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Congratulations! You’ve made the decision to switch from Salesforce.com to Microsoft Dynamics CRM! We may be biased, but we’re pretty positive that you are going to love the features and benefits of Dynamics CRM! Now that you’ve made the switch, you may be wondering how you can migrate your previous Salesforce.com tasks into your new CRM activities. Well, in today’s blog we have those answers for you! So without further ado, let’s begin!

tips-and-tricks

For the created look up tables, we used Scribe Insight to populate the values. You will need to get all of your CRM records and insert SF ID and CRM Guid in the new staging mapping table as well. IDs in Salesforce are made up of an 18-character-long, case-sensitive string and the data source table has several key fields that will drive our logic. The first three characters identify which Salesforce entity the records belongs to. As you can see from the image below, all records in the ID column start with “00T”, which translates to task.


This table illustrates some other prefixes commonly used by Salesforce.


For this example, we load source data into the SQL Server staging data base. This makes the processes much easier to implement by creating lookup/translation tables for the entities that were loaded into the CRM system previously, thereby eliminating the need to make expensive calls to the CRM services in order to populate lookup fields in the new records.

For instance, when the user import is performed, we create a two fields table:

CREATE
TABLE [dbo].[SF2CRMUserMap](

    [SfId] [nchar](18)
NOT
NULL,

    [CrmId] [uniqueidentifier] NULL

CONSTRAINT [PK_SF2CRMUserMap] PRIMARY
KEY
CLUSTERED

(

    [SfId] ASC

)WITH (PAD_INDEX = OFF, STATISTICS_NORECOMPUTE =
OFF, IGNORE_DUP_KEY
=
OFF, ALLOW_ROW_LOCKS
=
OFF, ALLOW_PAGE_LOCKS
=
OFF) ON [PRIMARY]

)
ON [PRIMARY]

You then do the same for all other entities previously loaded that you need for a successful Activity assignment. Going forward, you simply need to construct a SQL statement to get the source rows and then prepare them for the CRM import.

SELECT


ISNULL(cb.crmId,
‘6b02362e-6f14-e511-80f0-c4346bac9948’) CreatedByGuid,


ISNULL(mb.crmId,
‘6b02362e-6f14-e511-80f0-c4346bac9948’) ModifiedByGuid,


ISNULL(o.crmId,
‘6b02362e-6f14-e511-80f0-c4346bac9948’) OwnerGuid,

a.CrmGuid as AccountGuid,

WhoEntity =

    CASE

    WHEN
LEFT(t.WhoId, 3)
=
‘003’
THEN
‘contact’

    WHEN
LEFT(t.WhoId, 3)
=
’00Q’
THEN
‘lead’

    WHEN a.CrmGuid IS
NOT
NULL
THEN
‘account’

    WHEN t.WhoId =
‘000000000000000AAA’
THEN
‘systemuser’

    ELSE
NULL

    END,

WhoGuid =

    CASE

    WHEN
LEFT(t.WhoId, 3)
=
’00Q’
THEN (SELECT CRMId FROM SF2CRMLeadMap WHERE SFId = t.WhoId)

    WHEN
LEFT(t.WhoId, 3)
=
‘003’
THEN (SELECT CrmGuid FROM SF2CRMContactMap WHERE SFId = t.WhoId)

    WHEN a.CrmGuid IS
NOT
NULL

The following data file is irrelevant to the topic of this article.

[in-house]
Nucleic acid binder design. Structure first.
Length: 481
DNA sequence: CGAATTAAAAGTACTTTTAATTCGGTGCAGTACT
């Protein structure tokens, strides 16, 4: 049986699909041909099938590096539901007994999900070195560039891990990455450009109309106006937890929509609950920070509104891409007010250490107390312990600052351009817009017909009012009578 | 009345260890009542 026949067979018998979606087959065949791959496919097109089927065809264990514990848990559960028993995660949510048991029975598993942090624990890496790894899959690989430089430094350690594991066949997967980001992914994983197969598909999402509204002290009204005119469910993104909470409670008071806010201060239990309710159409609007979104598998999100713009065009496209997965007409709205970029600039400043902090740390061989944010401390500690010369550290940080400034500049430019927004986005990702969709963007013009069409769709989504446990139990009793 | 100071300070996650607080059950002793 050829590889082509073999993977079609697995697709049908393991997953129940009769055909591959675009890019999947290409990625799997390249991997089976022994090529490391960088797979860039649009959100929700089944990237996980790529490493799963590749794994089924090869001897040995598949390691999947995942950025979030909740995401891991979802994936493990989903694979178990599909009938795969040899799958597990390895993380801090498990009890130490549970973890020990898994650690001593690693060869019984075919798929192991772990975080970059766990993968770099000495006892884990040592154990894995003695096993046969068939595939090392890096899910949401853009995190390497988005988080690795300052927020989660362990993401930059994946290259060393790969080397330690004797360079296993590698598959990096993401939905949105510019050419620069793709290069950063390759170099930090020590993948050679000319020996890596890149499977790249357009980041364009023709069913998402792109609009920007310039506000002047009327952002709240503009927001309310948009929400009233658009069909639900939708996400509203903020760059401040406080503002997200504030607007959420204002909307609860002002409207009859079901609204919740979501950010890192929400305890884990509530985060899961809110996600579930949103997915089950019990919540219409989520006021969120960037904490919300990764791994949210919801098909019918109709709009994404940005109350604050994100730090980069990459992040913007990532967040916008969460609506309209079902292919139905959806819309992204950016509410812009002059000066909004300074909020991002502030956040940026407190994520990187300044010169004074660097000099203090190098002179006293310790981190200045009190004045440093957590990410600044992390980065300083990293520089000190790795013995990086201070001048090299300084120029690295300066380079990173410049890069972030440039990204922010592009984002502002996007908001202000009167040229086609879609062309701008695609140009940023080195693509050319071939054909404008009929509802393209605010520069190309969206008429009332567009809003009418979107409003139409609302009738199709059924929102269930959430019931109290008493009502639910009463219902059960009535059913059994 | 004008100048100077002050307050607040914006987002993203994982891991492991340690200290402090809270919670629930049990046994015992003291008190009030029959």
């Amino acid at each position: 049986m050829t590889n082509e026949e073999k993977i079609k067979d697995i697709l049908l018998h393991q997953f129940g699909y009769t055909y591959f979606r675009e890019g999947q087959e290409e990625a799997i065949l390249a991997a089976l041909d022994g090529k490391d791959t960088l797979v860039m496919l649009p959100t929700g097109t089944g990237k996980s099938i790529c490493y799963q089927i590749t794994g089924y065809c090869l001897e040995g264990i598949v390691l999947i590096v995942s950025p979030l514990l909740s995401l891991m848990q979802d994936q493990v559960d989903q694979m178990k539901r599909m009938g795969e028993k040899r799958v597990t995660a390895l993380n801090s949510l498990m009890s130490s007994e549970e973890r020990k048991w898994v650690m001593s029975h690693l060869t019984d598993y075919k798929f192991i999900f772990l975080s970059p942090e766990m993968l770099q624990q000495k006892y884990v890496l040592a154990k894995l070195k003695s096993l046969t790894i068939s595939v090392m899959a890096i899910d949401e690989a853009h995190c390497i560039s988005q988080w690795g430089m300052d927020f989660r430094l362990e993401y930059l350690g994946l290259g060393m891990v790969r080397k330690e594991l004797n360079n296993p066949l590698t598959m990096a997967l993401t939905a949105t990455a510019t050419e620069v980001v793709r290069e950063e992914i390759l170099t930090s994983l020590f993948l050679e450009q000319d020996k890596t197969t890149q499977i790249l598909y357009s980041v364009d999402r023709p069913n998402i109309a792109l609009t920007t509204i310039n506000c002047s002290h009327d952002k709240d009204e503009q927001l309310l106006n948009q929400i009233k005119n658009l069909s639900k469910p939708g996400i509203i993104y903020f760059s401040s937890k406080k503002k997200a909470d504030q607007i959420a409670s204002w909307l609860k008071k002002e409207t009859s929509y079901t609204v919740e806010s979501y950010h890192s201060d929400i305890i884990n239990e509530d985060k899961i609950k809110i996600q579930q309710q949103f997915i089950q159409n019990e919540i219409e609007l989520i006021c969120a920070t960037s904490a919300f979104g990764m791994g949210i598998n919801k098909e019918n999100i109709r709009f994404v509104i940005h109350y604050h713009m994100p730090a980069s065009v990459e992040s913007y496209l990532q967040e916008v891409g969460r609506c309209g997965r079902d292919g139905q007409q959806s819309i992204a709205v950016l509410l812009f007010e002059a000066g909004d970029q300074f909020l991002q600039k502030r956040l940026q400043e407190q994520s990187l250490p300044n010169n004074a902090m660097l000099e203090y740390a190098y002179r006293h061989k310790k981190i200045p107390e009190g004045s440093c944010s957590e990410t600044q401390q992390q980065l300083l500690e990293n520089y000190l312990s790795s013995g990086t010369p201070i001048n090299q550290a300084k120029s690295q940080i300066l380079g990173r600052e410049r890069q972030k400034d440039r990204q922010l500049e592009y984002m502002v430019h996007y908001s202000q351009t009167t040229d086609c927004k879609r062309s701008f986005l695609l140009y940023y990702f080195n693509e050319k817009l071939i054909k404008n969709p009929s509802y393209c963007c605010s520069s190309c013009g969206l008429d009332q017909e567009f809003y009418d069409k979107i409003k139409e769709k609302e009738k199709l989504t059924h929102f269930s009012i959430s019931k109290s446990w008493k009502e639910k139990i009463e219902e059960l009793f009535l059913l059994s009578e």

THEN a.CrmGuid

    WHEN t.WhoId =
‘000000000000000AAA’
THEN (SELECT crmid FROM SF2CRMUserMap WHERE SFId = t.OwnerId)

    ELSE
NULL

    END,

WhatEntity =

    CASE


WHEN a.CrmGuid IS
NOT
NULL
THEN 1

    WHEN
LEFT(t.WhatId, 3)
=
‘006’
THEN 3

    WHEN
LEFT(t.WhatId, 3)
=
‘a0F’
THEN 123

    WHEN
LEFT(t.WhatId, 3)
=
‘500’
THEN 112

    WHEN
LEFT(t.WhatId, 3)
=
’01t’
THEN 1024

    WHEN
LEFT(t.WhatId, 3)
=
‘701’
THEN 4400

    WHEN
LEFT(t.WhatId, 3)
=
‘001’
THEN 1

    ELSE 8

    END,

    WhatGuid =

    CASE

    WHEN a.CrmGuid IS
NOT
NULL
THEN    a.CrmGuid

    WHEN
LEFT(t.WhatId, 3)
=
‘a0B’
THEN (SELECT CRMId FROM SF2CRMDepartmentMap WHERE SFId = t.WhatId)

    WHEN
LEFT(t.WhatId, 3)
=
‘006’
THEN (SELECT CRMId FROM SF2CRMOpportunityMap WHERE SFId = t.WhatId)

    WHEN
LEFT(t.WhatId, 3)
=
‘a0F’
THEN (SELECT CRMId FROM SF2CRMCompetitorMap WHERE SFId = t.WhatId)

    WHEN
LEFT(t.WhatId, 3)
=
‘500’
THEN (SELECT CRMId FROM SF2CRMCaseMap WHERE SFId = t.WhatId)

    WHEN
LEFT(t.WhatId, 3)
=
’01t’
THEN (SELECT CRMId FROM SF2CRMProductMap WHERE SFId = t.WhatId)

    WHEN
LEFT(t.WhatId, 3)
=
‘701’
THEN (SELECT CRMId FROM SF2CRMCampaignMap WHERE SFId = t.WhatId)

    WHEN
LEFT(t.WhatId, 3)
=
‘001’
THEN (SELECT CrmGuid FROM SF2CRMAccountMap WHERE SFID = t.WhatId)

    ELSE
NULL

    END,

t.*

FROM sf_Task n

LEFT
OUTER
JOIN SF2CRMAccountMap a ON t.AccountId = a.SFID

LEFT
OUTER
JOIN SF2CRMUserMap cb ON n.CreatedById = cb.SFId

LEFT
OUTER
JOIN SF2CRMUserMap mb ON t.LastModifiedById = mb.SFId

LEFT
OUTER
JOIN SF2CRMUserMap o ON t.OwnerId = o.SFId

As you can see, there are some default GUIDs set in the query. This is done in order to assign records from the users that didn’t make it into CRM to a default/migration user.

Now you have the query ready, tuned, and the indexes on the lookup fields set. The next step will be to set the mapping in Scribe Insight and map the fields accordingly.



State code and status code formulas used for this mapping are below:

S21 – “IsClosed” bit field and S14 – “Status” text field.

IF(TRIM(S21),1,0)

IF(S14=”Completed”,5,IF(S21,5,

(IF(

ISPICKLISTVALUE(TRIM(S14),”CRM”,”task”,”statuscode”,””),

TRIM(S14),2))))

All that’s left now is to map the other fields accordingly, test, and run. When the job is finished, you will have all the tasks set and assigned to the appropriate records in CRM!

That’s all for our blog today! Still not sure if making the switch from Salesforce.com to Microsoft Dynamics CRM is right for you? Let us convince you!

Happy CRM’ing!

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JoeCRM

Joe CRM is a CRM superhero who runs on pure Microsoft Dynamics CRM adrenaline. As the face of PowerObjects, Joe CRM’s mission is to reveal innovative ways to use Dynamics CRM and bring the application to more businesses and organizations around the world.